An oligarchy is a form of government in which most of the political power effectively rests with a small segment of society, typically the people who have the most wealth, military strength, ruthlessness or political influence. The word "oligarchy" from the Greek words olígos, which means "few," and archo, which means "to rule". Some political theorists have argued that all societies are inevitably oligarchies, regardless of their supposed political system.
How Oligarchies Form
Oligarchies are often controlled by a few powerful families whose children are raised and mentored to become inheritors of power, often at some sort of expense to those governed. In contrast with aristocracy — or government by the "best" — this power might not always be exercised openly, with some oligarchs preferring to remain "the power behind the throne," exerting their control through economic means. Unlike plutocracy, oligarchy is not always a rule by wealth, either, because oligarchs can simply be a privileged cadre. It also has been suggested that most communist states fit the definition of oligarchies.
Societies also might become oligarchies by default, as an outgrowth of the shifting alliances of warring tribal chieftains, although any form of government might transform into an oligarchy at some point in its evolution. The most likely mechanism for this transformation is a gradual accumulation of otherwise unchecked economic power. Oligarchies also might evolve into more classically authoritarian forms of government, sometimes as the result of one family gaining ascendancy over the others. Many of the European monarchies established during the late Middle Ages began in this way.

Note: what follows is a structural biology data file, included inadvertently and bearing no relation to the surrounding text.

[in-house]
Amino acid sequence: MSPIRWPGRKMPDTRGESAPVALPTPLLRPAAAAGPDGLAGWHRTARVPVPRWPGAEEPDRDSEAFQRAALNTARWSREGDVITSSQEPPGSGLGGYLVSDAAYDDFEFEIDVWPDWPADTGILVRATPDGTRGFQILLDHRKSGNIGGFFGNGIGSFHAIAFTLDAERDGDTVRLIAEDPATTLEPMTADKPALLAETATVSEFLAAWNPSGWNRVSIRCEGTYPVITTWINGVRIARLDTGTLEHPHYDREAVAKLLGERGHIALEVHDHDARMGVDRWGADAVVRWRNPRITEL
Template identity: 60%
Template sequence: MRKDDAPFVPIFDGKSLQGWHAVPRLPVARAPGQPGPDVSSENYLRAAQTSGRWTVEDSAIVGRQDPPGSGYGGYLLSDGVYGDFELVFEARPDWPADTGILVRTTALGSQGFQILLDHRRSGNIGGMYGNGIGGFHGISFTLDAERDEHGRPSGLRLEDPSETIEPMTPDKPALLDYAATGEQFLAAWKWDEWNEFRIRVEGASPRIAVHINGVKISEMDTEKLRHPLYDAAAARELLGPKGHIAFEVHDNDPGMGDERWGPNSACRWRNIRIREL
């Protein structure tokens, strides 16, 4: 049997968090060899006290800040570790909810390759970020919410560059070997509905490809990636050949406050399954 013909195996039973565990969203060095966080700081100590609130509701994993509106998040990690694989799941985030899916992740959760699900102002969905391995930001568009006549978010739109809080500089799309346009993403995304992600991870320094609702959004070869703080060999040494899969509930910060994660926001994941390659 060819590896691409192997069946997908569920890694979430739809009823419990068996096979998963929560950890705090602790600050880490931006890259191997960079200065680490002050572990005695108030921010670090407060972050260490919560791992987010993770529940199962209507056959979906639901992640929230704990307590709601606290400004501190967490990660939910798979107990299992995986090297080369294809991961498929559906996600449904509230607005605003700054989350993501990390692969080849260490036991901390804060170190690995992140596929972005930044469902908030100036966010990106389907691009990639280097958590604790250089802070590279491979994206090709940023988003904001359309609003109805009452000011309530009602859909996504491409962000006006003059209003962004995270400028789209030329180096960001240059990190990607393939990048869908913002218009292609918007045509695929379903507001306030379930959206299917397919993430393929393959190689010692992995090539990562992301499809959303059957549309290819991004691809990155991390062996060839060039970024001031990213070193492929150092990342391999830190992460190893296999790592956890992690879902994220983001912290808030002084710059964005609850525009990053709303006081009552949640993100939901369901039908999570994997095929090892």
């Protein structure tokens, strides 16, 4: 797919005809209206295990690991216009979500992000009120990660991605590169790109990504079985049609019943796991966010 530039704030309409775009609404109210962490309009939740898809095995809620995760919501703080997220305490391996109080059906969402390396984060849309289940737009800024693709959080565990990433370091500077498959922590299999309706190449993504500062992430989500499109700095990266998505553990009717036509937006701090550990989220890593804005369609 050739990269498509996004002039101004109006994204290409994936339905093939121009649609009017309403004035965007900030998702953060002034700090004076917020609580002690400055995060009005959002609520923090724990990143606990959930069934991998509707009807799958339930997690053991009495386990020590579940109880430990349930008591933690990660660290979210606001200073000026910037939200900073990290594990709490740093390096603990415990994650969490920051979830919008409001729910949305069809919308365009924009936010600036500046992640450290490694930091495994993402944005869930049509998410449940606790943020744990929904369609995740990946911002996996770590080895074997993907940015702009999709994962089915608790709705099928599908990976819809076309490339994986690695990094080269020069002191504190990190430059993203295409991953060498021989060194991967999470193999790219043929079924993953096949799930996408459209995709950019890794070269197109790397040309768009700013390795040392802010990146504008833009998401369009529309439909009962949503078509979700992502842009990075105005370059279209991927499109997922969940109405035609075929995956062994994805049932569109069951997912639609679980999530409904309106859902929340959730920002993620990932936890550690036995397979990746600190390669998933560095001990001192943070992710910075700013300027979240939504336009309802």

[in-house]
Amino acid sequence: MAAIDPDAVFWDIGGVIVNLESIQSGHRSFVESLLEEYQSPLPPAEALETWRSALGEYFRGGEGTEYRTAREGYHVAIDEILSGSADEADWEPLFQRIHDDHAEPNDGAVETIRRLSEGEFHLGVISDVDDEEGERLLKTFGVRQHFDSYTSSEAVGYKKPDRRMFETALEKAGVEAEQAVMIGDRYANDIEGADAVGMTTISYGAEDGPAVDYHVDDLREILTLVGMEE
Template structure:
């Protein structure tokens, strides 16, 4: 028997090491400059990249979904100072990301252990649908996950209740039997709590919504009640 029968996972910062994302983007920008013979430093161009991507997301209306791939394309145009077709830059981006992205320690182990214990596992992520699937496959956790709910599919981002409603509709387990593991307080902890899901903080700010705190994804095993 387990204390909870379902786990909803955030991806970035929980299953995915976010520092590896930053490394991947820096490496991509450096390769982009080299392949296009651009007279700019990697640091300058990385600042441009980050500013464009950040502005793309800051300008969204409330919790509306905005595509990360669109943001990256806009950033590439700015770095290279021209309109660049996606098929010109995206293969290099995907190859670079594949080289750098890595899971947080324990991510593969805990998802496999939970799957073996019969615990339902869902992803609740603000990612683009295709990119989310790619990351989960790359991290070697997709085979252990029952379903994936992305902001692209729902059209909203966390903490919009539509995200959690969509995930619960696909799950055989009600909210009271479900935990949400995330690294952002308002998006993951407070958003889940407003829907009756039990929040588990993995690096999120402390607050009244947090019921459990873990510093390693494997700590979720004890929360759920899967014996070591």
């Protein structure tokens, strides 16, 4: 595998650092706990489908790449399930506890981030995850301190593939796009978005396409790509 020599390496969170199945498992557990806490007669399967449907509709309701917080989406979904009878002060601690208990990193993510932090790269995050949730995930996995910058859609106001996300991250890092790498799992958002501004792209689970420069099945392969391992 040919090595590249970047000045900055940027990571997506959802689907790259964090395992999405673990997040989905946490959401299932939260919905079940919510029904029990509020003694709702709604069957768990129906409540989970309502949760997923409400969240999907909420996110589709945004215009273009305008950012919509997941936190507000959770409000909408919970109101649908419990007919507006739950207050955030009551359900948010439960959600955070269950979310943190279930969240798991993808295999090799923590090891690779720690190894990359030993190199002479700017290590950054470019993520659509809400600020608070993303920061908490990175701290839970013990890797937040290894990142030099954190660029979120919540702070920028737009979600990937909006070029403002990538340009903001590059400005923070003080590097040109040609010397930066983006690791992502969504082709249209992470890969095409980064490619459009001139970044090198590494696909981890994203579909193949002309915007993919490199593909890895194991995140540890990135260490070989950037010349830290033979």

England in the 1200s
Oligarchies also might become instruments of transformation, insisting that monarchs or dictators share power, thereby opening the door to power-sharing by other elements of society. One example of this process occurred when English nobles banded together in 1215 to force a reluctant King John to sign the Magna Carta, a tacit recognition both of the king's waning political power and of the existence of an incipient oligarchy. As English society continued to grow and develop, the Magna Carta was repeatedly revised over the next decade, guaranteeing greater rights to greater numbers of people, thus setting the stage for British constitutional monarchy.
South Africa in the 1900s
A modern example of oligarchy could be seen in 20th-century South Africa, where the basic characteristics of oligarchy were particularly easy to observe, because the South African form of oligarchy was based on racism. After the Boer War, a tacit agreement was reached between English-speaking and Afrikaans-speaking whites. Together, they made up about 20 percent of the population, but this small percentage had access to virtually all the educational and trade opportunities, and the minority proceeded to deny these opportunities to the black majority even more than before. Although this process had been going on since the mid-18th century, after 1948, it became official government policy and became known worldwide as apartheid. This lasted until the arrival of democracy in South Africa in 1994, punctuated by the transition to a democratically elected government that was dominated by the black majority.